What is GDPR?

The General Data Protection Regulation (“GDPR”) is the single most important development in European data law in the last 20 years and will fundamentally change the personal data landscape. Due to its pervasive nature, all EU based companies are expected to fall under the scope of the GDPR.


The GDPR introduces an extensive penal regime whereby infringements could result in penalties of up to €20m or up to 4% of annual global turnover, whichever is greater. Organisations must act now or face crippling fines, reputational damage and loss of business.

If you are unable to answer ‘yes’ to the following, then you are not GDPR complaint:

  • Has the legal basis for processing data been established and documented?

  • Have all personal data repositories been identified and captured in a data inventory?

  • Has the complete data lifecycle of the personal data been mapped, covering data attainment, consent and its disposal?

  • Have steps been taken to implement technical and organisational controls to protect personal data e.g. encryption, pseudonymisation, ability to restore availability and access to personal data?

  • Are there mechanisms to report a data breach within 72 hours, and to respond to a Subject Access Request (“SAR”) within 30 days?

  • Are procedures in place to facilitate data portability and execute the right to be forgotten?

  • Has a Data Protection Officer (“DPO”) been appointed, if applicable?

  • Do contracts with third party data processors comply with the GDPR?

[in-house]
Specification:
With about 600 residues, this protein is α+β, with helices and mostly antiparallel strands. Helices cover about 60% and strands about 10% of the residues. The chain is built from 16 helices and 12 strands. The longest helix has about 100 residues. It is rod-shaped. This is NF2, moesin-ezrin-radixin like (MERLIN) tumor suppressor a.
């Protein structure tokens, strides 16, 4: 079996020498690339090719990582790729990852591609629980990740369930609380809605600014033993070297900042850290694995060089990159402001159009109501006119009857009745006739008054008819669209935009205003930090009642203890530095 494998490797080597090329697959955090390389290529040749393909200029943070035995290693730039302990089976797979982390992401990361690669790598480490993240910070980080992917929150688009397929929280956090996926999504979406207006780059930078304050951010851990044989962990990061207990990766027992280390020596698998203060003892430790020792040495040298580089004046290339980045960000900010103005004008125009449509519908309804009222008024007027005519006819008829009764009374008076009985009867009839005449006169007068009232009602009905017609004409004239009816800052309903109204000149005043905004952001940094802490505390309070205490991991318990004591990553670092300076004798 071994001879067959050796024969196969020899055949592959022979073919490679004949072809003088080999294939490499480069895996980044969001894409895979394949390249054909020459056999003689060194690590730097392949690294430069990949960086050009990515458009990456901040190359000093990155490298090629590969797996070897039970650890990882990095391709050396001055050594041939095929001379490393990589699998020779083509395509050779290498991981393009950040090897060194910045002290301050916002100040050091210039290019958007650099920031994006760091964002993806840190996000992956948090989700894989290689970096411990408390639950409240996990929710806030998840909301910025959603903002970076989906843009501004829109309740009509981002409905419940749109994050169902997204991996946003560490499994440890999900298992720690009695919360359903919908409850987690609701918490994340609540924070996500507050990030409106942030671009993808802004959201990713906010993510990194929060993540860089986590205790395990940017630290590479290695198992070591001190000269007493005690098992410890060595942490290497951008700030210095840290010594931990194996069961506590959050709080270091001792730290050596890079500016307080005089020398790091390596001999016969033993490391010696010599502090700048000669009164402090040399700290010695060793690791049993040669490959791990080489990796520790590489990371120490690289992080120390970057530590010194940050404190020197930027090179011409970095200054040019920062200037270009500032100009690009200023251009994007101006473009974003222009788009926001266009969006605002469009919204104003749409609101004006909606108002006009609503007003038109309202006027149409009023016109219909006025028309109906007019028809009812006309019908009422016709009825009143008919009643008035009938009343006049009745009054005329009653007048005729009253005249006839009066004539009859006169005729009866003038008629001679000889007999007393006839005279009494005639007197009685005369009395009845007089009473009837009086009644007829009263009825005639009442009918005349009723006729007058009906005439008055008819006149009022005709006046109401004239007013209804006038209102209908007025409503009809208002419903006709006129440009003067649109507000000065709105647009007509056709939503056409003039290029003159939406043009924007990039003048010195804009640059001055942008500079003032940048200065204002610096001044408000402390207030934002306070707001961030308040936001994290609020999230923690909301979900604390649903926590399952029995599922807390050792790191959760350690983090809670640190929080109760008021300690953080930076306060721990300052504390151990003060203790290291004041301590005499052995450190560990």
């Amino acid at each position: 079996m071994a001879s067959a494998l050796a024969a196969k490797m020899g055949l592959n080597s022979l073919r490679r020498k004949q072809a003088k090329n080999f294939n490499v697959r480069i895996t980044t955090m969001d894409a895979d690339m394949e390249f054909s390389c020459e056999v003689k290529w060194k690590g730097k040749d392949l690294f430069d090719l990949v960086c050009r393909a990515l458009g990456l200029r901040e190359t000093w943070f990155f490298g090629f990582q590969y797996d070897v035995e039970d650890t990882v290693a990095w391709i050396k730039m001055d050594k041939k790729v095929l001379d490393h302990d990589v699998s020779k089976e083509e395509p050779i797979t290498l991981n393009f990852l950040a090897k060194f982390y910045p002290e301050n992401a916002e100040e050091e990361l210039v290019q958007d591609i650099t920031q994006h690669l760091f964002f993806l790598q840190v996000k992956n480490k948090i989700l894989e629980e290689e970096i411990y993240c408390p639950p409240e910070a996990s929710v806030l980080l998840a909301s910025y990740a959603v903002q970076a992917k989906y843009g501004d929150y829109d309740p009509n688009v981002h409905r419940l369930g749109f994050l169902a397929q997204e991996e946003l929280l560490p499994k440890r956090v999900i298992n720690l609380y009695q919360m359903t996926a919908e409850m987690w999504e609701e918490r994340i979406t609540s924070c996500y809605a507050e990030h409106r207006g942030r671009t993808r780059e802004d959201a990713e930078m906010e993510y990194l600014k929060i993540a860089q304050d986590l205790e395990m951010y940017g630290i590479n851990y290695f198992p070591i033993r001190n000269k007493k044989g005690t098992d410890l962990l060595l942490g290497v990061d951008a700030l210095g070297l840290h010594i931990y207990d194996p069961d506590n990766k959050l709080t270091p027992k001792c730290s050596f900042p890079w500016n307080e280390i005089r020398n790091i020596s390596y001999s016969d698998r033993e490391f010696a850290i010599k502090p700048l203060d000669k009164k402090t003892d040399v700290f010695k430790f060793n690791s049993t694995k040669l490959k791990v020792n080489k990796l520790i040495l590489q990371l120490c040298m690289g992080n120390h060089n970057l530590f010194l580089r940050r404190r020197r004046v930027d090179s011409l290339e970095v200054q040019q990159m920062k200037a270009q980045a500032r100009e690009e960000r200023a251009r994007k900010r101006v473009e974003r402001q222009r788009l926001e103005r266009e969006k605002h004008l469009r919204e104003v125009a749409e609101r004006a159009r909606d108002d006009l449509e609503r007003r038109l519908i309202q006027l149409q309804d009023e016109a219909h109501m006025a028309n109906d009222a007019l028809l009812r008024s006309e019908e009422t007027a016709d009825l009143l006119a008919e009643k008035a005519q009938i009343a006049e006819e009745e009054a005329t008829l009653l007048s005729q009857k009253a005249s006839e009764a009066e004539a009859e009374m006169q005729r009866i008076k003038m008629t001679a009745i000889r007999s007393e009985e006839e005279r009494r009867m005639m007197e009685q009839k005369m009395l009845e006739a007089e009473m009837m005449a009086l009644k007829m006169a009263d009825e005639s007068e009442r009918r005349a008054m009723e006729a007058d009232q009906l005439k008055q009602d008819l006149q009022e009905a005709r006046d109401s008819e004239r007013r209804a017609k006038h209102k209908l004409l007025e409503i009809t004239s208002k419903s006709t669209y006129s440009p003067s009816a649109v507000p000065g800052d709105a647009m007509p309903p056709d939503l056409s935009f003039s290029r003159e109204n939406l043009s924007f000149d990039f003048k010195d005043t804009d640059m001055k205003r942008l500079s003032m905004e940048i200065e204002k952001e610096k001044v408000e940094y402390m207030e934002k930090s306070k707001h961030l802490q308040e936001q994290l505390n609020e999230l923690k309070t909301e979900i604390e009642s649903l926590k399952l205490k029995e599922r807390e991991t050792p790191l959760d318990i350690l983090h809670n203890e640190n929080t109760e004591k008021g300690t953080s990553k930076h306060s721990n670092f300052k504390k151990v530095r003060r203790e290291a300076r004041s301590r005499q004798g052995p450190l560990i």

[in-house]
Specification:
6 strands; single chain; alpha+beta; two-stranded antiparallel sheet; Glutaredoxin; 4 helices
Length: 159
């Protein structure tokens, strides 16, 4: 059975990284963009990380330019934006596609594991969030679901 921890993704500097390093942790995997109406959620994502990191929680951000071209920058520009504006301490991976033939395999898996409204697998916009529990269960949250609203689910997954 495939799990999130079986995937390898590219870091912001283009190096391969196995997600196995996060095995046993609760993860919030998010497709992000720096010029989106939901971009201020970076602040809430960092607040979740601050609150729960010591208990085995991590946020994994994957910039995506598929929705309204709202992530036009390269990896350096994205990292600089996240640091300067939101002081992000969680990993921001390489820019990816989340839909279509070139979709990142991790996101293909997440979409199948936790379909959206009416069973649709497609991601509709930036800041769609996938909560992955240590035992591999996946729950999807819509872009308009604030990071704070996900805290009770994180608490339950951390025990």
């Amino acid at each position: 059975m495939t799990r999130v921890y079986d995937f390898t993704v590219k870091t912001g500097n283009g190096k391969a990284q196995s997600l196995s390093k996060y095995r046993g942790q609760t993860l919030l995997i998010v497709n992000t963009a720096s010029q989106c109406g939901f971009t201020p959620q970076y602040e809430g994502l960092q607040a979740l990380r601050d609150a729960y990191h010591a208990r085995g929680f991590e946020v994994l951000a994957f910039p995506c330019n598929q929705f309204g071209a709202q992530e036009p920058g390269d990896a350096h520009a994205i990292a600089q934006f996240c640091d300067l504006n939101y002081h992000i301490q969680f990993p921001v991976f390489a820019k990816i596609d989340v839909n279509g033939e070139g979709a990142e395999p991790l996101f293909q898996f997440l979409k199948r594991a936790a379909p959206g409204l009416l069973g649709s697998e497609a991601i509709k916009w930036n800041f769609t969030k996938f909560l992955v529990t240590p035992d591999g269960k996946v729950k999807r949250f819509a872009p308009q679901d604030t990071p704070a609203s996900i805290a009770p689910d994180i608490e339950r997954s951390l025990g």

All organisations, irrespective of size, handle personal data (referred to as “Personally Identifiable Information” or “PII”). Personal data are used to carry out fundamental corporate functions such as background checks on prospective customers, running employee payroll and marketing to prospects. The GDPR will provide individuals the assurance that their personal data are obtained, handled and processed in a fair, accurate and secure manner.


The GDPR came into force on 25th May 2018 and superseded the UK Data Protection Act 1998 (“DPA”). The major purpose of GDPR is to strengthen the rights of data subjects. These include, for example, a right to information over the data being processed about them, access to the data in certain circumstances, correction of erroneous data and removal of the personal data. There is a further obligation on the data-controller to take reasonable steps to inform third parties that the data subject has requested erasure of any links to, or copies of, that data. Individuals can also ask to receive their personal data in a structured and commonly used format so that it can easily be transferred to another data controller.


Contact our team
+44 (0) 207 816 5488
Download the GDPR Brochure here

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